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Thank you for joining us. We're honored that you made it this far, Congratulations! We long to see your potentials, active participation and contribution in feeding our forum with restless flow of articles, periodicals, discussions, replies and more new posts about English Language. We accept new poems, songs, novels, plays, exams and lesson notes for both English Grammar and Literature. Vær så god.

Poem of the Year

PEACEMAKER

By: Jonathan Tafreg


Keep preaching your peace,

While people are fighting war,

One thing you don’t understand.


You want holy kiss,

Your mouth full of neither nor,

This too you don’t understand.


Your belly don’t miss,

You want us to suffer more,

But still you don’t understand.


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Administrator’s Profile

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Jonathan Tafreg is a Tanzanian poet, singer, novelist, linguist and a teacher. He was born in 1985 and studied Bachelor of Arts with Education from Teofilo Kisanji University and graduated in 2015. He has taught English language in different schools and colleges across the country and has written dozens of books and pamphlets about English Grammar and Literature. He is the Pioneer of Tafreg Heritage English Academy.

Hotline: +255759988648

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WHAT THE PAST HOLD IN THIS BRIGHTER FUTURE

Anne Stein
Anne Stein
JAF - Expert
JAF - Expert

Join date : 2019-05-05
Date of Birth : 1988-08-18
Age : 31
Current City : Oslo, Norway
Home Town : Bergen, Norway
Posts : 7
Points : 714

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Post by Anne Stein on Sun May 05, 2019 5:58 pm

The First Civilizations
The first civilizations formed on the banks of rivers. The most notable examples are the Ancient Egyptians, who were based on the Nile, the Mesopotamians in the Fertile Crescent on the Tigris/Euphrates rivers, the Ancient Chinese on the Yellow River, and the Ancient India on the Indus. These early civilizations began to form around the time of the Neolithic Revolution (12000 BCE).Rivers were attractive locations for the first civilizations because they provided a steady supply of drinking water and made the land fertile for growing crops. Moreover, goods and people could be transported easily, and the people in these civilizations could fish and hunt the animals that came to drink water. Additionally, those lost in the wilderness could return to civilization by traveling downstream, where the major centers of human population tend to concentrate.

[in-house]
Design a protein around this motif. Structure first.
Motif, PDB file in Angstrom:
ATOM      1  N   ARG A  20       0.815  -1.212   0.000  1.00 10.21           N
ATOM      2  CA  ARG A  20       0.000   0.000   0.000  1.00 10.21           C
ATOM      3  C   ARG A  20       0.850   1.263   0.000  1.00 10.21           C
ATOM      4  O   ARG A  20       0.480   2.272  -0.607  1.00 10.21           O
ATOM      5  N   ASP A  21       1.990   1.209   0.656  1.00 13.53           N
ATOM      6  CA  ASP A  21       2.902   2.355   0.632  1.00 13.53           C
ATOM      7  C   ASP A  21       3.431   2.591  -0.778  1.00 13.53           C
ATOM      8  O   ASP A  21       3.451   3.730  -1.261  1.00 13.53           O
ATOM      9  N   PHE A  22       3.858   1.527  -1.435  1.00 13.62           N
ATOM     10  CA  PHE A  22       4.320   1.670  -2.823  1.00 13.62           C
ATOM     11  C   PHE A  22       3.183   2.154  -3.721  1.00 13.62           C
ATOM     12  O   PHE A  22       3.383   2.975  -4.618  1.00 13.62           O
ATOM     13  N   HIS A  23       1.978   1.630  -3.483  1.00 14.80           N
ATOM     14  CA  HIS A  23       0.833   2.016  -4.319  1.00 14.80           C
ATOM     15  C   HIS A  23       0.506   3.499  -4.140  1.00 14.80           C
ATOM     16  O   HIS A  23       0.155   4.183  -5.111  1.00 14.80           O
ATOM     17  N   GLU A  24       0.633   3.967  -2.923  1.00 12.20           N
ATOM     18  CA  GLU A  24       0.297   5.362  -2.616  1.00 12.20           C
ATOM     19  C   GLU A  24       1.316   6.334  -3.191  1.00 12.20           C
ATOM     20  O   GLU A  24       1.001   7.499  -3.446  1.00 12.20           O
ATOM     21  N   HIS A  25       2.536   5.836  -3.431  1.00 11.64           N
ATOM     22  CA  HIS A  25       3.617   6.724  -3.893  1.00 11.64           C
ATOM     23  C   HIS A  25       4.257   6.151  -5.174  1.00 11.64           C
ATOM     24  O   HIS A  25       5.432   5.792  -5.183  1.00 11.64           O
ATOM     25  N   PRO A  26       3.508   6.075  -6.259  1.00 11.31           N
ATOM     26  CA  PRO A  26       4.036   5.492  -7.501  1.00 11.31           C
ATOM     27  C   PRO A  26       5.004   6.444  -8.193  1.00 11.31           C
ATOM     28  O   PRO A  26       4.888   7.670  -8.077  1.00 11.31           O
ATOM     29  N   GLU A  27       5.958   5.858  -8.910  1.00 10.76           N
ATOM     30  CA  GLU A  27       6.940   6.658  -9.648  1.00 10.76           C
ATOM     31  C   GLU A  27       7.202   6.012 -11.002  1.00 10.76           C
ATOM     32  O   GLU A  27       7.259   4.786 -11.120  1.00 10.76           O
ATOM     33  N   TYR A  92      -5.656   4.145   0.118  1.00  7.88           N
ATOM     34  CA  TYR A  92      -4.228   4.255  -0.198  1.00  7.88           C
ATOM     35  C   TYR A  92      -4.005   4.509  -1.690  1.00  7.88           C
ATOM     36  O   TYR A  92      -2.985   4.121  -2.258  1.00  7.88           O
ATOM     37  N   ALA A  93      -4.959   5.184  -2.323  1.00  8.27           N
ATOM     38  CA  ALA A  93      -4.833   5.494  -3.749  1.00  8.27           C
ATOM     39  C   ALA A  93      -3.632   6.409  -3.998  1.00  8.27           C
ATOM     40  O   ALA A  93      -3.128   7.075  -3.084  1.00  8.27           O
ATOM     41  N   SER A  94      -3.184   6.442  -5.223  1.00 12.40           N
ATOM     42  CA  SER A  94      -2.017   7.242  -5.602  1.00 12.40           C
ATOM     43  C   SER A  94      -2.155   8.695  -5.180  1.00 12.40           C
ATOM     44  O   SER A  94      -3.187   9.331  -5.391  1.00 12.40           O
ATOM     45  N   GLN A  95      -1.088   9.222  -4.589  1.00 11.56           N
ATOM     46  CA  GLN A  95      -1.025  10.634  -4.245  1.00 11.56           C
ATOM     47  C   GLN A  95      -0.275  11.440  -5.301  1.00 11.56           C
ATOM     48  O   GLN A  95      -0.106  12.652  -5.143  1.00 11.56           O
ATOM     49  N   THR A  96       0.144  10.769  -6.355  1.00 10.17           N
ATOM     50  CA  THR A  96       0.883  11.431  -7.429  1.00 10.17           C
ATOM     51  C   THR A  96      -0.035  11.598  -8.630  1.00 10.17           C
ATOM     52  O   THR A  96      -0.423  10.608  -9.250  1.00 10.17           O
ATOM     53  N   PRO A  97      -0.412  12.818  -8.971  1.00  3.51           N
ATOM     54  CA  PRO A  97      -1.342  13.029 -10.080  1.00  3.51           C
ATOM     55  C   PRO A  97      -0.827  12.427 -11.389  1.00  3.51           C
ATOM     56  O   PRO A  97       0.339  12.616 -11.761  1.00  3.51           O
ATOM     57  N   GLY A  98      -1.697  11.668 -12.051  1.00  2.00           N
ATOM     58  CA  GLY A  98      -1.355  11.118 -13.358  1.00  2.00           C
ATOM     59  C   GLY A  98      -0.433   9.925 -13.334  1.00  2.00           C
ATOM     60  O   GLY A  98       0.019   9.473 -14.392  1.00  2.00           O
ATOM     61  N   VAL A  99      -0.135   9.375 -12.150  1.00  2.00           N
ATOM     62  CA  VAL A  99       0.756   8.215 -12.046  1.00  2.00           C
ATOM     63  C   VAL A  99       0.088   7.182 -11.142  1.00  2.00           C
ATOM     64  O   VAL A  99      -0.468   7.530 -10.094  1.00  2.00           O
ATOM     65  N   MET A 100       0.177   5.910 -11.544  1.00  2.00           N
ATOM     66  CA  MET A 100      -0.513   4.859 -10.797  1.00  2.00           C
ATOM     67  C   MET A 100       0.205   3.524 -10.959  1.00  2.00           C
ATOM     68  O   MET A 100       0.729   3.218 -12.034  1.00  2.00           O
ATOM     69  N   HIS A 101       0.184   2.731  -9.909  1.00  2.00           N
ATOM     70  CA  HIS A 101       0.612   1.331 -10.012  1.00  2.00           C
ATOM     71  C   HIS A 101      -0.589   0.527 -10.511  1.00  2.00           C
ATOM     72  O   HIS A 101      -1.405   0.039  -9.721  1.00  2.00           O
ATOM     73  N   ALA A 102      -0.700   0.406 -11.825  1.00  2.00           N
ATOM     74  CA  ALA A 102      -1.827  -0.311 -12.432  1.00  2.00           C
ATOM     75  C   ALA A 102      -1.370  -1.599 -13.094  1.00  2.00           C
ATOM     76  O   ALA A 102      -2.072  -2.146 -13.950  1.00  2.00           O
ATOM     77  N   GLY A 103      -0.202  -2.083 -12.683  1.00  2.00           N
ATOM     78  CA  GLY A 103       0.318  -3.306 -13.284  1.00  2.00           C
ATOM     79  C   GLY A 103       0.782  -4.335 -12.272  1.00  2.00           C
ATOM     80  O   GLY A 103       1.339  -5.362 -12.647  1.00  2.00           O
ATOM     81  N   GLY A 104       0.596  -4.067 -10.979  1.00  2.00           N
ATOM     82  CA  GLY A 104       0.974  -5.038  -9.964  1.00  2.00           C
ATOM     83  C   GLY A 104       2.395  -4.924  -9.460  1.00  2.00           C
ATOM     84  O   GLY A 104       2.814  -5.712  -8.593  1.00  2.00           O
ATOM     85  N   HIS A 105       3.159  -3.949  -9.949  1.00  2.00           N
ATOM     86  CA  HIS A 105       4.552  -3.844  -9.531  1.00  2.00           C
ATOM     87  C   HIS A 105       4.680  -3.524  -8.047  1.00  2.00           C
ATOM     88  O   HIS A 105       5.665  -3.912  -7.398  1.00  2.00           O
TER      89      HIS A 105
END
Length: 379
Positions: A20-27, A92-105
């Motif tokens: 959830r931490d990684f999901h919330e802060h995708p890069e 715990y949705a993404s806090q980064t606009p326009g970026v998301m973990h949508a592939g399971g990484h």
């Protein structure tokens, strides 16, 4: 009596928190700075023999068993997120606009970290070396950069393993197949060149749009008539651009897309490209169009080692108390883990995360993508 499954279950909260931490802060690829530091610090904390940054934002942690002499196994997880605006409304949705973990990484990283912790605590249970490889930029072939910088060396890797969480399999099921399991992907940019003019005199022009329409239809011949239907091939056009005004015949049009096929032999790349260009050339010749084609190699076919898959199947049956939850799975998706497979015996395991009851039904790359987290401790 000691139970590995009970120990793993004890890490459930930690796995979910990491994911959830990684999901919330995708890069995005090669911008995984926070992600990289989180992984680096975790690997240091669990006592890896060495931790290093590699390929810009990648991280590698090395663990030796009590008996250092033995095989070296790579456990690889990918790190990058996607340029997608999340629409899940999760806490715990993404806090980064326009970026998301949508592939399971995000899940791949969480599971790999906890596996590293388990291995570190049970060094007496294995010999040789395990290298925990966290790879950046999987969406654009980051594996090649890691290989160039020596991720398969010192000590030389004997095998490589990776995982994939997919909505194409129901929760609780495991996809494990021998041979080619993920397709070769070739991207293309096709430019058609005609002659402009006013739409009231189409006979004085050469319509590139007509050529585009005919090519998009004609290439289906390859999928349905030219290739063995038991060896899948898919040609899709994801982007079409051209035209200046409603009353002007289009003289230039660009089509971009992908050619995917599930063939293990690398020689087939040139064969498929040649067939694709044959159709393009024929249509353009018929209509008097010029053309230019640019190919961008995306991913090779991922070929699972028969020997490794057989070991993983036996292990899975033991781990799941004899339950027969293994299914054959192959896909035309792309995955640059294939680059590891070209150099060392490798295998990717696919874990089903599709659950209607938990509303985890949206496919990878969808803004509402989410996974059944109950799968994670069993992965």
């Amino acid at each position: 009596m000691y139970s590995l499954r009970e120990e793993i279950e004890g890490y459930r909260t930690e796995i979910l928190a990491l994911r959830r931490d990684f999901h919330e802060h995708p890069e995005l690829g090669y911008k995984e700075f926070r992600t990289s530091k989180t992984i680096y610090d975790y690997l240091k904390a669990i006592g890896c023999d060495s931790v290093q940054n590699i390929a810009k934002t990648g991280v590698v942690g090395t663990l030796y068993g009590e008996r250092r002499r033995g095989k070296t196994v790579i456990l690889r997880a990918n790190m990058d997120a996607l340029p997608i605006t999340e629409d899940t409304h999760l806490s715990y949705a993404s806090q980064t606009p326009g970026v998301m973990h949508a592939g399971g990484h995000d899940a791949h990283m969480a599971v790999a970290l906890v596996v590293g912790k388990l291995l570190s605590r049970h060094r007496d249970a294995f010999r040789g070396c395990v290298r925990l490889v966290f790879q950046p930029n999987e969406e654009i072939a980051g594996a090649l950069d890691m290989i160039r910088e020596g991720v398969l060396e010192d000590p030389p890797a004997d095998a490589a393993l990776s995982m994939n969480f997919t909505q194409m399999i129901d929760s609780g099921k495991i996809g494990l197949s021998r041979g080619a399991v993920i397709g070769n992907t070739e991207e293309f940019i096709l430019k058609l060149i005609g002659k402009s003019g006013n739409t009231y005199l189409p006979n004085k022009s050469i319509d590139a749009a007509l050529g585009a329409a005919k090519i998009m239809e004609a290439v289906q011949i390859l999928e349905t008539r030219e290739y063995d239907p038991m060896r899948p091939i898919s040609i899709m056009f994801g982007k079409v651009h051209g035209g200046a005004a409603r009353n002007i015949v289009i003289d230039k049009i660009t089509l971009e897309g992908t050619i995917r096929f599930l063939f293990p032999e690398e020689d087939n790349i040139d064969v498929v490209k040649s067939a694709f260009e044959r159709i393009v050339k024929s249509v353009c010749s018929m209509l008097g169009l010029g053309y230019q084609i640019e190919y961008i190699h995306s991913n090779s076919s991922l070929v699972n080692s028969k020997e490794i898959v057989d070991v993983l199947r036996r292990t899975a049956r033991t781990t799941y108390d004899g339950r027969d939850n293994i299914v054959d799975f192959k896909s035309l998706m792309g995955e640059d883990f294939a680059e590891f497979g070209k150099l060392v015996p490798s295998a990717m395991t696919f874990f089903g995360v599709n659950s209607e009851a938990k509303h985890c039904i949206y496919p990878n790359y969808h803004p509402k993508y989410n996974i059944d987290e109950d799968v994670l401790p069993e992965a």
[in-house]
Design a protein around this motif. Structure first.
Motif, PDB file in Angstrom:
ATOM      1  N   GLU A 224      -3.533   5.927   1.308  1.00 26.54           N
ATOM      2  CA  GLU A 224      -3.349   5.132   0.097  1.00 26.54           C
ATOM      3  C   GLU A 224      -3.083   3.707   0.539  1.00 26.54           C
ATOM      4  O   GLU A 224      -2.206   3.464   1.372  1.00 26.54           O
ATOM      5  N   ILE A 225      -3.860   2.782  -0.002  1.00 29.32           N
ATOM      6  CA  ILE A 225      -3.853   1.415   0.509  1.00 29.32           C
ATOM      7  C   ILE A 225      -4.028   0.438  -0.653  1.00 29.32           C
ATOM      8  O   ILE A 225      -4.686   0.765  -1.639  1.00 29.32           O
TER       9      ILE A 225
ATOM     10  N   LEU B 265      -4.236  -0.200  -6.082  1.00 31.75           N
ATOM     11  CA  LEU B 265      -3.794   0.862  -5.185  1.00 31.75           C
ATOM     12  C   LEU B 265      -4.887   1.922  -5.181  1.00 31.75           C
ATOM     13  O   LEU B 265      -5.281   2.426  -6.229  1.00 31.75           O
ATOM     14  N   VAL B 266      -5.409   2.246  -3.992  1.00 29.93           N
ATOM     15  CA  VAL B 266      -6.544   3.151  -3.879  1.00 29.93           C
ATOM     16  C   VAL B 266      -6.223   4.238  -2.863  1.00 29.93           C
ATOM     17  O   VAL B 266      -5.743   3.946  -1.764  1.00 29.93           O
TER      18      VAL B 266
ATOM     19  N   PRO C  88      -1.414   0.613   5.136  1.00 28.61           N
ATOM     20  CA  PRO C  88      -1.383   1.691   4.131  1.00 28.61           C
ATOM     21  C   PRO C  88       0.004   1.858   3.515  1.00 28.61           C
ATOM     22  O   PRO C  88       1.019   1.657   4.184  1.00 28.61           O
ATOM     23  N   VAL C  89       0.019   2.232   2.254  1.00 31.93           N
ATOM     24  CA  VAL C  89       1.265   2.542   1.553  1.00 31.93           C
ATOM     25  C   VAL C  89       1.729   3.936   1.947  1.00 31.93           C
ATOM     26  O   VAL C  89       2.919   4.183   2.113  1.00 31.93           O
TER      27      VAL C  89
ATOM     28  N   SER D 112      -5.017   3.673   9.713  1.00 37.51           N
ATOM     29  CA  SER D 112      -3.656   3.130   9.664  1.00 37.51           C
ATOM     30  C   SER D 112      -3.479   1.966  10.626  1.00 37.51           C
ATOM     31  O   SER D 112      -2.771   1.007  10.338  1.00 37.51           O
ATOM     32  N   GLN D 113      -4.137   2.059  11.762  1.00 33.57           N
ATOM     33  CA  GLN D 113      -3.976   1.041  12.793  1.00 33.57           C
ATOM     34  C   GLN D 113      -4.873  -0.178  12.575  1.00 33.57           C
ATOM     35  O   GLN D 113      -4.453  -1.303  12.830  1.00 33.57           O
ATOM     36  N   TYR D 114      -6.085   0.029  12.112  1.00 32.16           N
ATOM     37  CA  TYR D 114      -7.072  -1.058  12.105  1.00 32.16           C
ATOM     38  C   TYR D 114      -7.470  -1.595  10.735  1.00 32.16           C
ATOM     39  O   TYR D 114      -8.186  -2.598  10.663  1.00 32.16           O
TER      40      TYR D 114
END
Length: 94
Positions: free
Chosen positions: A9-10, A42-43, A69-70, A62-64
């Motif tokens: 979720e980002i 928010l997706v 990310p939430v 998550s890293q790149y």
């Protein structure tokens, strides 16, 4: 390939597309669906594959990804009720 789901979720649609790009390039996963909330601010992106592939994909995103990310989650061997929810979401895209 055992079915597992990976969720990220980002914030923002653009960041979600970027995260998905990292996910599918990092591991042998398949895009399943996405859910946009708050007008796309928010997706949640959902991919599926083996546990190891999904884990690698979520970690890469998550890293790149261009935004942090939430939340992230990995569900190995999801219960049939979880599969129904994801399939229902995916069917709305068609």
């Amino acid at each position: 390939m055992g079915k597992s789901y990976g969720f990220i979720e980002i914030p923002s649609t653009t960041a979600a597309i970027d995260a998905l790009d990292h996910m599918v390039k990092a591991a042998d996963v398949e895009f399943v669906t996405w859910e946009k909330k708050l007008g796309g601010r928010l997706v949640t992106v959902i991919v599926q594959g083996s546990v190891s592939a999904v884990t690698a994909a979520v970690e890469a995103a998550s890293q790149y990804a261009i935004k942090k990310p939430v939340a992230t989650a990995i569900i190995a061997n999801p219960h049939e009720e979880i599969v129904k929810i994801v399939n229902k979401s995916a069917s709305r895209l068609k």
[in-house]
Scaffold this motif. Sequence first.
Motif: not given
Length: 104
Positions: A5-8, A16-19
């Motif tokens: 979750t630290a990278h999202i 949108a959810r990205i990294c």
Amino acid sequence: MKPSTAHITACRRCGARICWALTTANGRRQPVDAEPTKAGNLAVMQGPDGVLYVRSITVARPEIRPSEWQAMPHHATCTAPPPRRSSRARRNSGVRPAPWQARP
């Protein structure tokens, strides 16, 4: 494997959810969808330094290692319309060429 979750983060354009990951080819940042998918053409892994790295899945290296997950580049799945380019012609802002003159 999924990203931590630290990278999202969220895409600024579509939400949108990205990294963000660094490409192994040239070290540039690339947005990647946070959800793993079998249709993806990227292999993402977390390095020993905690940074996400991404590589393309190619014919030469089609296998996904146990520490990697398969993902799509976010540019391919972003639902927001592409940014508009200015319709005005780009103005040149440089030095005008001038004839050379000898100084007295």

WHAT THE PAST HOLD IN THIS BRIGHTER FUTURE River-and-delta-from-orbit

The Nile River and Delta. Most of the Ancient Egyptian settlements occurred along the northern part of the Nile, pictured in this satellite image taken from orbit by NASA.


Hydraulic Empires
Though each civilization was uniquely different, we can see common patterns amongst these first civilizations since they were all based around rivers. Most notably, these early civilizations were all hydraulic empires. A hydraulic empire (also known as hydraulic despotism, or water monopoly empire) is a social or governmental structure which maintains power through exclusive control over water access. This system of government arises through the need for flood control and irrigation, which requires central coordination and a specialized bureaucracy. This political structure is commonly characterized by a system of hierarchy and control based around class or caste. Power, both over resources (food, water, energy) and a means of enforcement, such as the military, are vital for the maintenance of control. Most hydraulic empires exist in desert regions, but imperial China also had some such characteristics, due to the exacting needs of rice cultivation. 

The only hydraulic empire to exist in Africa was under the Ajuran State near the Jubba and Shebelle Rivers in the 15th century CE.Karl August Wittfogel, the German scholar who first developed the notion of the hydraulic empire, argued in his book, Oriental Despotism (1957), that strong government control characterized these civilizations because a particular resource (in this case, river water) was both a central part of economic processes and environmentally limited. This fact made controlling supply and demand easier and allowed the establishment of a more complete monopoly, and also prevented the use of alternative resources to compensate. 

However, it is also important to note that complex irrigation projects predated states in Madagascar, Mexico, China and Mesopotamia, and thus it cannot be said that a key, limited economic resource necessarily mandates a strong centralized bureaucracy. According to Wittfogel, the typical hydraulic empire government has no trace of an independent aristocracy—in contrast to the decentralized feudalism of medieval Europe. Though tribal societies had structures that were usually personal in nature, exercised by a patriarch over a tribal group related by various degrees of kinship, hydraulic hierarchies gave rise to the established permanent institution of impersonal government. 

Popular revolution in such a state was very difficult; a dynasty might die out or be overthrown by force, but the new regime would differ very little from the old one. Hydraulic empires were usually destroyed by foreign conquerors.

    Current date/time is Tue Oct 22, 2019 8:20 pm